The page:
“The EEOC’s Strategic Enforcement Plan has made sex-based wage discrimination a national enforcement priority.” said EEOC General Counsel David Lopez

Published on:

Extended Stay Hotels Settles Gender Discrimination Lawsuit For $75,800

by Peter M. LaSorsa

Extended Stay Hotels pays $75,800 to settle a gender discrimination lawsuit. The lawsuit was filed by the Equal Employment Opportunity Commission (“EEOC“) on behalf of Latoya Weaver. The basis of the lawsuit is that female workers were paid less money than their male counterparts based solely on their gender.

According to published accounts Extended Stay Hotels paid Latoya Weaver less than male guest services representatives, including some newly hired male guest services representatives. Additionally, Extended Stay Hotels unlawfully paid other female employees lower wages than those paid to male employees for performing equal work.

“Remedying gender-based pay discrimination is a priority issue of the EEOC. It is a matter of fundamental fairness that women should be paid the same wages as men when they are doing equal work.” said EEOC Regional Attorney Debra Lawrence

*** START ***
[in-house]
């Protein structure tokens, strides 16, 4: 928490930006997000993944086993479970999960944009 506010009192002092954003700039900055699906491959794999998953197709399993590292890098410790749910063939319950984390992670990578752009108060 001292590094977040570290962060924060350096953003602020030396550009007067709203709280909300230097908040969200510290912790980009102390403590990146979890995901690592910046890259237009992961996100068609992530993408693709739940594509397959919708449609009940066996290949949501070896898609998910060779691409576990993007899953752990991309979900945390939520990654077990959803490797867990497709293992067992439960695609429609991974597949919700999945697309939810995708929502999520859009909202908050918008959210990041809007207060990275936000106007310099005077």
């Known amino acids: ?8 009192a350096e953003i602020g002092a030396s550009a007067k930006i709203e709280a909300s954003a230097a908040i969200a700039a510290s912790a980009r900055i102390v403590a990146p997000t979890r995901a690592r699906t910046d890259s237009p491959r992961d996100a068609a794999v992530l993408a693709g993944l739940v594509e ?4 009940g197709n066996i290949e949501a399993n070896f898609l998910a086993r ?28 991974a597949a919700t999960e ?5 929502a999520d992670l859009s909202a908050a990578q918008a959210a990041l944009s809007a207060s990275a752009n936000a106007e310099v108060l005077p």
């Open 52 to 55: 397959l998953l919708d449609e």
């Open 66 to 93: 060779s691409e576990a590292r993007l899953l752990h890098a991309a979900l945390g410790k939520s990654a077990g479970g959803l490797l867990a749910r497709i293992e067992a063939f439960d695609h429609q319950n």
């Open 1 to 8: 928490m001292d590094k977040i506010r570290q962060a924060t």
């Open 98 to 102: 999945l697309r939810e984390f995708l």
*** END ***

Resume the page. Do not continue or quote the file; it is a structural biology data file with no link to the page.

by Peter M. LaSorsa
Posted in: and
Published on:
Updated:
Published on:

EEOC Settles Gender Discrimination Lawsuit For $65,000

by Peter M. LaSorsa

WMK, Inc., doing business as Mobility Works, settled a discrimination lawsuit with the Equal Employment Opportunity Commission (“EEOC“) for $65,000. The lawsuit was filed after initial settlement discussions failed. The EEOC alleged the company engaged in gender discrimination when it unlawfully terminated a top female sales associate because of her gender. Even though the female worker was fired, the male sales associate with significantly less sales was kept on. A company may not treat a worker different based solely on the gender of the employee. In cases like this, a comparison is performed on all employees to see if anything discriminatory can be found. This type of activity is bad for morale and ends up costing the company money and bad publicity.